First Question is never actually a question. This is where I ask you to introduce yourself and give you the opportunity to plug your book (and your blog) 

Okay, so here goes … I’m Steph Broadribb aka Crime Thriller Girl, and my debut novel – an action thriller titled Deep Down Dead – is coming out in October (eBook) and January 2017 in (paperback).

Deep Down Dead tells the story of Lori Anderson, a tough-as-they-come Florida bounty hunter, who is trying to keep her career separate from her role as single mother to nine-year-old Dakota, who suffers from leukaemia. But with medical bills racking up, Lori has no choice but to take her daughter along on a job that will make her a fast buck. That’s when things start to go wrong. The fugitive she’s assigned to haul back to face justice is none other than JT, Lori’s former mentor – the man who taught her everything she knows, and who knows the secrets of her murky past.

Lori quickly discovers her ‘fast buck’ job is a lot more complicated that she’d thought. Not only is JT fighting a child exploitation racket operating out of one of Florida’s biggest theme parks, Winter Wonderland, a place where ‘bad things never happen’, but he’s also mixed up with the powerful Miami Mob. With two fearsome foes on their tails, just three days to get JT back to Florida, and her daughter to protect, Lori has her work cut out for her. When they’re ambushed at a gas station, the stakes go from high to stratospheric, and things become personal …


We are in the countdown to your first publication day, some people (lucky, lucky people) have had the chance to read Deep Down Dead – how does it feel at this point? 

Gosh, you know it feels quite strange, surreal in a way. I’ve spent so long with these characters – Lori, JT and Dakota – in my mind, and just sharing the story with a few trusted friends, that to think of it ‘out there’ in the world is kind of crazy! I’m really lucky though, because Karen Sullivan and West Camel at Orenda Books are such fabulous people to have guide me – they make everything seem like fun! I’ve also been blown away by the kindness and generosity of the crime fiction world – the writers, bloggers and readers – who’ve picked up one of the samplers and had a read. People have been so lovely in their comments it’s made me blush!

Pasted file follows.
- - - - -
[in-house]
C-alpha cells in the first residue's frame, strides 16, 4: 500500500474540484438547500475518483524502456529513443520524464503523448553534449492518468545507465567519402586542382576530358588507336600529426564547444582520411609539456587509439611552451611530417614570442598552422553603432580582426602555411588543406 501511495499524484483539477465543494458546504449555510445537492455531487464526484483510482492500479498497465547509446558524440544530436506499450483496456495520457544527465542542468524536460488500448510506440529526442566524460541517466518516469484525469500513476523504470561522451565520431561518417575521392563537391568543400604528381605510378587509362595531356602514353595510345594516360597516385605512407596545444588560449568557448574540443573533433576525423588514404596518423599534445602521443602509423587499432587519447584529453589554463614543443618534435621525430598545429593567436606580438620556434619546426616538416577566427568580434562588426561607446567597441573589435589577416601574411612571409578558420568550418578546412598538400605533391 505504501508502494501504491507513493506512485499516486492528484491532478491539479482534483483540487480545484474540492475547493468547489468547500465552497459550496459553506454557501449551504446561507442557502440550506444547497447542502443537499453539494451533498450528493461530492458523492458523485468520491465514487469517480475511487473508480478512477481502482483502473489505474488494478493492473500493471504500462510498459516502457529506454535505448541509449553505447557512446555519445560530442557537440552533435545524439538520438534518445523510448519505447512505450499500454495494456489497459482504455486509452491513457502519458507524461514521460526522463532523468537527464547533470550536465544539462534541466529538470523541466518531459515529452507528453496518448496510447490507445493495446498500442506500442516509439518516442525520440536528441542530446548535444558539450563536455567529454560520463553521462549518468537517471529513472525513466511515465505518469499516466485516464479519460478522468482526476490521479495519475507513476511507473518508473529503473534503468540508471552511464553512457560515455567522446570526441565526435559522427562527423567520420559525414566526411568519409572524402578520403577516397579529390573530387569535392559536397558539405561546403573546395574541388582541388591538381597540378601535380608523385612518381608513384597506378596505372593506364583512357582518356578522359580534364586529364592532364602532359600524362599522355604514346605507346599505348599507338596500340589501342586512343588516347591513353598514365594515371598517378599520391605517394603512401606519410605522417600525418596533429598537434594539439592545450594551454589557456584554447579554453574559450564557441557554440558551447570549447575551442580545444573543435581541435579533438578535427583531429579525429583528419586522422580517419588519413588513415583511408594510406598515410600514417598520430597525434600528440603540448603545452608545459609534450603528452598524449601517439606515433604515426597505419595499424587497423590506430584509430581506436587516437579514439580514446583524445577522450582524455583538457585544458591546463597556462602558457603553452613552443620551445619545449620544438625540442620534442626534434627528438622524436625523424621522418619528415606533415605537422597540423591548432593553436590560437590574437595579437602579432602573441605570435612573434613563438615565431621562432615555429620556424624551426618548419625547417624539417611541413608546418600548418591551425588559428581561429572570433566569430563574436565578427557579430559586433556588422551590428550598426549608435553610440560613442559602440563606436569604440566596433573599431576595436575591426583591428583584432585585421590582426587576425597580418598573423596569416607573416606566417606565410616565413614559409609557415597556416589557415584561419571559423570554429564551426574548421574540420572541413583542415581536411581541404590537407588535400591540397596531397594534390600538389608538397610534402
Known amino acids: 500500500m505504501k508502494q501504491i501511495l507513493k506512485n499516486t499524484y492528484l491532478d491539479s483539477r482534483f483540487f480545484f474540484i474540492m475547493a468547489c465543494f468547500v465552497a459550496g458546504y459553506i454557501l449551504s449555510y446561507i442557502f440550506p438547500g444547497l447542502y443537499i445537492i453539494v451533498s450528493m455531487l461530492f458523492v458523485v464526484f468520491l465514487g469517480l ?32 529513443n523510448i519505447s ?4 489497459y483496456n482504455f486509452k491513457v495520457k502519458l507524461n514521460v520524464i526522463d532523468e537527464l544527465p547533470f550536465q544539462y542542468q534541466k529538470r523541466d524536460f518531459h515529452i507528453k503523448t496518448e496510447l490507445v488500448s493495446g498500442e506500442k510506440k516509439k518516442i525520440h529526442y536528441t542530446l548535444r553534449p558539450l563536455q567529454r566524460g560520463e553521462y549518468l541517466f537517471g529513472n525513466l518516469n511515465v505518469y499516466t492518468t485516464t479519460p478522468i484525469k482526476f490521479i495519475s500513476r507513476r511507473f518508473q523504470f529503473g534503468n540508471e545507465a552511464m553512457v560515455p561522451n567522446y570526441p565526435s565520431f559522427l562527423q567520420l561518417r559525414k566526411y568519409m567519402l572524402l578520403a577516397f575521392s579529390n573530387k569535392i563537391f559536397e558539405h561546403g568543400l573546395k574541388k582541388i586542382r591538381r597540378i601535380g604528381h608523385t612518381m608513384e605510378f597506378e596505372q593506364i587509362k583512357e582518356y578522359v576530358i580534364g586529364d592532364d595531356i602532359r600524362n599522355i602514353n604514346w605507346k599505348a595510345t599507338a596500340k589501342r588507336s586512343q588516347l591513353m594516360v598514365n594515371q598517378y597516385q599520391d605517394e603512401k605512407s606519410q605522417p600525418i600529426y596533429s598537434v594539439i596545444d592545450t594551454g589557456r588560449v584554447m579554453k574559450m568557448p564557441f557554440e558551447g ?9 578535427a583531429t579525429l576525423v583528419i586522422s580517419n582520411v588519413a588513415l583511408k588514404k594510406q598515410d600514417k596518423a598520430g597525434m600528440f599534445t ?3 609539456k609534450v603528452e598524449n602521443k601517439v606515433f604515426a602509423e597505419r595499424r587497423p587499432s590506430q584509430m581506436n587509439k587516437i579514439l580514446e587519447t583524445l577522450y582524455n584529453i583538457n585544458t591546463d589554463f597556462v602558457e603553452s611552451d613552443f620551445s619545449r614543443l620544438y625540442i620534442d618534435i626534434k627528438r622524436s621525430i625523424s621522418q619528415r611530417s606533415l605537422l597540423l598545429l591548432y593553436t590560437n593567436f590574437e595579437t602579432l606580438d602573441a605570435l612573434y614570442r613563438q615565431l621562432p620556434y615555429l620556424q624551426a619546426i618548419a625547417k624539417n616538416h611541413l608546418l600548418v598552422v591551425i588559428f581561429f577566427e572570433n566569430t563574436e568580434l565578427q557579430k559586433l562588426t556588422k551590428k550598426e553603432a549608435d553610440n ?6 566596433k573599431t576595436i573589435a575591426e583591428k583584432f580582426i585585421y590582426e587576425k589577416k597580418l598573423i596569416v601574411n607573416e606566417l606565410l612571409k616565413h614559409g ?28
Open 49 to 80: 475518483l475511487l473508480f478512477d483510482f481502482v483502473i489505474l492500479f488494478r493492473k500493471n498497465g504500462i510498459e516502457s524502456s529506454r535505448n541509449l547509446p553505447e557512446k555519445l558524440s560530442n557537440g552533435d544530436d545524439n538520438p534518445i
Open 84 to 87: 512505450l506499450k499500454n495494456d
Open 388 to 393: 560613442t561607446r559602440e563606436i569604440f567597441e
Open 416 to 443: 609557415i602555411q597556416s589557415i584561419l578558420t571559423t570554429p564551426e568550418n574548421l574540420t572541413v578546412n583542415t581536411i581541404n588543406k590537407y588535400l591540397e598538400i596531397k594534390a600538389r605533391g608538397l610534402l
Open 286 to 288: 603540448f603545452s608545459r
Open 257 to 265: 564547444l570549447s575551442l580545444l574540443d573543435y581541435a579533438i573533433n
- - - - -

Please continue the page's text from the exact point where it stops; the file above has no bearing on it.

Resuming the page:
DEEP DOWN DEAD VIS 3I have heard tell that you trained as a bounty hunter?  What does that involve and where on the spectrum from Boba Fett to Stephanie Plum do you think you sit?

I did train as a bounty hunter! I flew out to Sacramento, in California, and trained with a super experienced bounty hunter. It was an amazing experience. I learnt about everything from how to track a fugitive, how to safely catch the fugitive – it’s a dangerous business and bounty hunters get injured and killed in their line of work on an all too frequent basis – so knowing about restraint techniques and tools (guns, tasers and handcuff tricks) is important, to the tough legal stuff – what makes a bounty hunter pick-up lawful, and what makes it unlawful, and all the various legal aspects that it takes to get licensed for bailbond work. I also got to ride around in a massive truck and get the low down on what life is like being a bounty hunter with some very brave and skilled men and women. In terms of where I sit on the spectrum from Boba Fett to Stephanie Plum, I reckon I’m somewhere in the middle – not as hardcore as Boba for sure, but maybe a little more so than Ms Plum!


My chain thus far has been David Young, Rod Reynolds and now you. My Twitter feed goes crazy when the three of you start chatting so how do you all come to know each other?

Well, there was this one time, in this bourbon bar … no, seriously, we all did the City University MA in Creative Writing (Crime Fiction) together. We did it the first year that City ran the (now very popular) programme. It’s a great MA, very practical – lots of writing and critique – so we got to know each other, and our work-in-progress, really well. In fact, even though we finished the MA two years ago, we still meet up as a group every month or so to share our WIPs and chat about books (and drink wine). The rest of the time we lark about on Twitter!


So – legendary crime blogger…how much of a help has the blog been while you wrote Deep Down Dead? Or did it possibly become a distraction for a while? 

Legendary crime blogger? *blushes*